New research finds most millennials ages 25 to 35 are questioning their life choices.
Adulting is a struggle.
Six in 10 Millennials say they are suffering a quarter-life crisis, or a period of intense self doubt and insecurity that is causing them to question their life choices, relationships and career paths, according to a survey of 1,000 young British professionals.
The men and women ages 25 to 35 confessed to feeling in a slump for more than six months, fueled by fretting that they spend more than they earn each month (53% of respondents), they are struggling to find the right job (26%) or they are working in a challenging job (24%). And 1 in 5 millennials are worried about buying property, while 1 in 4 yearn to be in the “right” relationship.
This backs a recent LinkedIn survey of 2,000 millennials, which found that 72% of young professionals ages 25 to 33 who also said they’ve experienced a quarter-life crisis. The main factors that this group grappled with were finding a job they’re passionate about (57%) and the pressure to buy property (57%), which were both higher priorities than finding love (46%). Women (61%) in particular were also more likely to be unsure of their next career move, compared to 56% of men.
Millennials tend to face excessive uncertainty in their career trajectory, question their life choices and have a difficult time staying present in the moment mainly because they don’t have a lot of real-life experience to compare anything to, says Dr. Gail Saltz, a psychiatrist and the author of The Power of Different: The Link Between Disorder and Genius.
“Things are really difficult for people in their 20s and early 30s because you’re making what seems like the most important permanent decisions of your life. In reality, many people do make changes, but it feels like these are non-refundable changes that you’re making for your career, relationship or family,” she says. “Once you choose something, you’re ruling out other things and that’s anxiety producing.”
Women in particular feel more pressure than men in their twenties because the biological clock is ticking, experts say. Many often feel pressure that they have to step away from a job or make some kind of trade off they may not be ready to make.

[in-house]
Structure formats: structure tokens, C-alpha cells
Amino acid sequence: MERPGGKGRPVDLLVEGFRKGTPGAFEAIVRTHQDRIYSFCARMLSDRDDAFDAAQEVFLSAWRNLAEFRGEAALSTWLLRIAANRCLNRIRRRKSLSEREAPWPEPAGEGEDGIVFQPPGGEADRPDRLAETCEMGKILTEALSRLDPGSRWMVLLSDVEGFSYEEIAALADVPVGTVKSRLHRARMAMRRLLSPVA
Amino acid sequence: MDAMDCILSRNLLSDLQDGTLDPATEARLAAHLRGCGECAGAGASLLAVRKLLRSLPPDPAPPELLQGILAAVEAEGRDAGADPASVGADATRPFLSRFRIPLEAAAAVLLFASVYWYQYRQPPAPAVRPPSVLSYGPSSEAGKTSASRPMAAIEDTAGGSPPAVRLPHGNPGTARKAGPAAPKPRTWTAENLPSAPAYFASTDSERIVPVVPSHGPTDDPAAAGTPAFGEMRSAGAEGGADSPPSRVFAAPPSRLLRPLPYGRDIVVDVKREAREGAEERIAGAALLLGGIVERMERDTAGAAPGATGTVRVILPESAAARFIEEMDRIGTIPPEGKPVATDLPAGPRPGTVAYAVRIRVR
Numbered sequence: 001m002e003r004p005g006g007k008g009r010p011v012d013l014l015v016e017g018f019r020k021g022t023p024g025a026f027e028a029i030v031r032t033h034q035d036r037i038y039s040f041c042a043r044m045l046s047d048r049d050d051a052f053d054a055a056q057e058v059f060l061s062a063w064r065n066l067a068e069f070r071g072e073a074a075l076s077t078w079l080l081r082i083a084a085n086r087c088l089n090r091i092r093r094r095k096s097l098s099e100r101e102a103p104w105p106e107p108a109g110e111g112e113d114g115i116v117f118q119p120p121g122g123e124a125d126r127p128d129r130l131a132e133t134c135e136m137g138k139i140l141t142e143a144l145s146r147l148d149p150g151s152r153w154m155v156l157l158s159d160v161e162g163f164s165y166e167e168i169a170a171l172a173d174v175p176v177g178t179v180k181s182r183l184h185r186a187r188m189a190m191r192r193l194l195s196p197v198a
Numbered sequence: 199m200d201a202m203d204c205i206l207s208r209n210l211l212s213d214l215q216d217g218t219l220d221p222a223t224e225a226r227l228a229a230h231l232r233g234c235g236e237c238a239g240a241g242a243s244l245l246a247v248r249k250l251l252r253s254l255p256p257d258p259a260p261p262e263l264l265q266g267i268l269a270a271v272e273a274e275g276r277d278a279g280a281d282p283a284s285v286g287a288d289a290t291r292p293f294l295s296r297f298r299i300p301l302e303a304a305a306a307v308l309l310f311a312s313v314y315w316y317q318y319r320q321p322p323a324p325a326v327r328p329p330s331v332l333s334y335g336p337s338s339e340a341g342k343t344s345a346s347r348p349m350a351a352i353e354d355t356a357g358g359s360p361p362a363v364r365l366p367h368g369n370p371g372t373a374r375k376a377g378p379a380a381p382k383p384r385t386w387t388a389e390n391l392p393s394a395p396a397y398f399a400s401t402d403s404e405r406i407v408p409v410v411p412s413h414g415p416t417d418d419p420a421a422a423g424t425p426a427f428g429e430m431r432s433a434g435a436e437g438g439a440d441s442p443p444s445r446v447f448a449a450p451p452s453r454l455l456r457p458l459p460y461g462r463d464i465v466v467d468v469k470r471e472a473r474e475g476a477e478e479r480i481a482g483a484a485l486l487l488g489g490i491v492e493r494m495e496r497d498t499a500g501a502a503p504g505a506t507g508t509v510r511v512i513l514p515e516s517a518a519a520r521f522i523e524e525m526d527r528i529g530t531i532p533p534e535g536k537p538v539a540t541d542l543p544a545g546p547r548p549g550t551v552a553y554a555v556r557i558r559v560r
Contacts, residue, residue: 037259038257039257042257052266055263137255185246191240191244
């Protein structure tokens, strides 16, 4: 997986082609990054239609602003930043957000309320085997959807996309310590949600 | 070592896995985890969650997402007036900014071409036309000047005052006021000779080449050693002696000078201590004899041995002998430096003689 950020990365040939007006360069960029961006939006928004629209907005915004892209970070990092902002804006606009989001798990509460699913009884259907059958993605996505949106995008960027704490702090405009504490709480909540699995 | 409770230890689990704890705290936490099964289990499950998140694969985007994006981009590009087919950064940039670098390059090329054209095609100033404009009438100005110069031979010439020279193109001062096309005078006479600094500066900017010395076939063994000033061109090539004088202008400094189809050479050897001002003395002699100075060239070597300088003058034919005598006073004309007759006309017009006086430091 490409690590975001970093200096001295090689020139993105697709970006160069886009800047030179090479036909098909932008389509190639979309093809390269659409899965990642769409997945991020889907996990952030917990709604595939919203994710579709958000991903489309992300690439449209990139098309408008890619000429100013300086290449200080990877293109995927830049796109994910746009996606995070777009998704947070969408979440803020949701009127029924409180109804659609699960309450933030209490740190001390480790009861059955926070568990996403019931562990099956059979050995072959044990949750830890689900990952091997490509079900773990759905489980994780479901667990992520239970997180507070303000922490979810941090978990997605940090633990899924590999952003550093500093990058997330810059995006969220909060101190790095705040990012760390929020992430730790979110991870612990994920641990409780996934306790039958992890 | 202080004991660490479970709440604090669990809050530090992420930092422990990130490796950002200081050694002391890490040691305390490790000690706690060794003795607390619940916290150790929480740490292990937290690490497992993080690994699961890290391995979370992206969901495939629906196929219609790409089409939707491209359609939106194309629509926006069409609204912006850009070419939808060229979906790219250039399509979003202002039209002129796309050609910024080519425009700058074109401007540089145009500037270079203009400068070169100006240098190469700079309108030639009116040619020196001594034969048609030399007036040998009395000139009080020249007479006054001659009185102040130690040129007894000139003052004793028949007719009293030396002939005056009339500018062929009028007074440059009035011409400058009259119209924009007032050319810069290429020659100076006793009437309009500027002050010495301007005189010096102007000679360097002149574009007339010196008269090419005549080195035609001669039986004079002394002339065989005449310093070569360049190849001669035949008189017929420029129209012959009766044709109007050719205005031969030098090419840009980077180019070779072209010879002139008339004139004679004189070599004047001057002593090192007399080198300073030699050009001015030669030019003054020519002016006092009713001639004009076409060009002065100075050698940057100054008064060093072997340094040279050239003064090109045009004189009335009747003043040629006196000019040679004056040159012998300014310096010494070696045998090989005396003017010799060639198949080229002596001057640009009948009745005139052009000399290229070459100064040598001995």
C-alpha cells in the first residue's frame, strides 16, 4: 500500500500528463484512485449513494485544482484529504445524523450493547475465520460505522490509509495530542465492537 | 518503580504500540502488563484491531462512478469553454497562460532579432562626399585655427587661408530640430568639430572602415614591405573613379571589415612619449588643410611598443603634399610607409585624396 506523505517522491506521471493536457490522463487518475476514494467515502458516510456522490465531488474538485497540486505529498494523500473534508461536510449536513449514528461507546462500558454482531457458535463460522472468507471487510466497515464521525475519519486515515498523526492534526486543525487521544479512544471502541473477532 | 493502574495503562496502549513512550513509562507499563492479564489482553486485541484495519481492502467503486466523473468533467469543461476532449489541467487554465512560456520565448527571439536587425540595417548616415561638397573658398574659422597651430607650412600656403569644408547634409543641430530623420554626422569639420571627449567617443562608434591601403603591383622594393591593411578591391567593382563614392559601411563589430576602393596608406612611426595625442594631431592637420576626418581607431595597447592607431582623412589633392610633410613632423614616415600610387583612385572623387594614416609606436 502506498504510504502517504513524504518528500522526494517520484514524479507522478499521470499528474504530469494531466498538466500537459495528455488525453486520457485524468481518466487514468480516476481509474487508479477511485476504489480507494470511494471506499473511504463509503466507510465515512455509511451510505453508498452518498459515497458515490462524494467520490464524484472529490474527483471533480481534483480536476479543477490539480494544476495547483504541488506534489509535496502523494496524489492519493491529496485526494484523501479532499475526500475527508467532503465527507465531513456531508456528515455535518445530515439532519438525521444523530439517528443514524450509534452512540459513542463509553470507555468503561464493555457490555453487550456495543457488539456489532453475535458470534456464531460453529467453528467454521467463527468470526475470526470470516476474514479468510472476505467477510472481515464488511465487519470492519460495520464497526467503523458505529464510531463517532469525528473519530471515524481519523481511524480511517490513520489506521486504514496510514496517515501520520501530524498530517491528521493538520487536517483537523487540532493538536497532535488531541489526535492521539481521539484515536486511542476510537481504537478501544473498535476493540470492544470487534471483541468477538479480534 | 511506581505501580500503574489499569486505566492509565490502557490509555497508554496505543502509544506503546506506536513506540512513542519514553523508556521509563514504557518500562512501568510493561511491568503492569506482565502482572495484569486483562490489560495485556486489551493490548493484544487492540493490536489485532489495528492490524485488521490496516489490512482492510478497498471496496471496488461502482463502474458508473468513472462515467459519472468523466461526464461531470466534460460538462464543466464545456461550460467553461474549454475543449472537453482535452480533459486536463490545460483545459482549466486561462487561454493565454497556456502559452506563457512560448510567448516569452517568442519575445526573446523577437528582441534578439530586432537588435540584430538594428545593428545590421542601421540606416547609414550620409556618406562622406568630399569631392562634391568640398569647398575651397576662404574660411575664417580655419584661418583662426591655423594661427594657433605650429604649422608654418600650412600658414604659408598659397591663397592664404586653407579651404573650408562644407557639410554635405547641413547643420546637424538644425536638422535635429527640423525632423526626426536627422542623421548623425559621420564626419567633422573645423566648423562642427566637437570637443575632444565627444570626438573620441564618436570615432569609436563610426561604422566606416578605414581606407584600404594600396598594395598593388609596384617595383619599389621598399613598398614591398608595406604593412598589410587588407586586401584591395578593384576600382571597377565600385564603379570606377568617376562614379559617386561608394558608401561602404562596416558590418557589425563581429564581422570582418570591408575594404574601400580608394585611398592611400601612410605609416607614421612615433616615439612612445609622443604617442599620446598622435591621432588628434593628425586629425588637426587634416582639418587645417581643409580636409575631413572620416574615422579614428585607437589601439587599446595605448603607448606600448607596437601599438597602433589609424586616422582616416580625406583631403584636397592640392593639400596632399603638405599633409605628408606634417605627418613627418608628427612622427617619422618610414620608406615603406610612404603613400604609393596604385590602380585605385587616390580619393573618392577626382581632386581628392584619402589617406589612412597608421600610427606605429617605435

“It is difficult when deciding ‘I want to have children’ or ‘I want to have a family’ and this is the window and the window may or may not be coming at a great time professionally for you,” says Saltz.
The survey also found that 31% of people felt they had wasted years in the wrong job while 34% had relocated to another part of the country or abroad and 35% reportedly changed their career entirely. When it comes to feeling stressed about work, Saltz says it’s important to take a step back and realize not everyday is going to be fun.
“Many people in their 20s have unreasonably high expectations. Not only should they be earning well, but they should be loving the concept of what they’re doing minute to minute. We’re a very happy focused society right now, where, if you’re not happy something is wrong. That bleeds into how you feel at work,” Saltz suggests.
Here are some tips for dealing with the everyday anxiety that comes with growing up:
It’s important to take time to acknowledge your achievements and be thankful for where you are in life whether it be getting a new job or promotion, coming up with a great idea or even enjoying a good cup of coffee.
“It’s more about mindfulness, being able to take pleasure and having gratitude for the moment to moment things that do bring you pleasure in life,” says Saltz. “It’s an attempt to focus on the present, which helps deflect in the long haul, obsessiveness and anxiety that’s just out of reach.”
Lower your expectations — for the time being
The sky’s the limit, but not everything is within reach instantly.
Millennials tend to set relatively high expectations for themselves and their ambitions, and compare themselves to people with seemingly “perfect lives” and extravagant experiences on social media.
“Our society today, especially with social media, breaths a lot of grandiosity into the fantasy that everybody looks like they’re leading the life of the rich and famous,” says Saltz.
“Think about what the “fantasy” is, and consider how realistic it is.”
Recognize anxiety when it happens
When you experience self doubt or hate a current project you’re assigned to at work, it’s easy for thoughts to spiral into bigger picture questions like: “Is this really what I’m going to be doing for the rest of my life?” Saltz says it’s important to label these feelings as “anxiety” and mentally shelve them.
“Anxiety is a future-focused issue. It’s about what may or may not happen in the future. Stay in the present,” Saltz says of combatting worry-oriented thinking.
“Thoughts like ‘this is the worst,’ and ‘it’s always going to be like this’ are classic anxiety thoughts and tend to run in an obsessive loop,” she adds, recommending you not to engage with these thoughts and instead revert back to the present. To help with this, check out these meditation apps to decompress from work.
Realize it all takes work
Relationships, careers, finances: Getting them right takes work. And Saltz says that you need to recognize that you’ll have to “put work in” to get where you want to go.
Career wise, you can’t expect growth if you stay stagnant. Building relationships with mentors you admire and trust could help further the next step in your career. Make an effort to network with people in your industry and build a rolodex of contacts you can call on for advice.
This article was originally published on Nov. 15, 2017 and has been updated with U.K. survey data.
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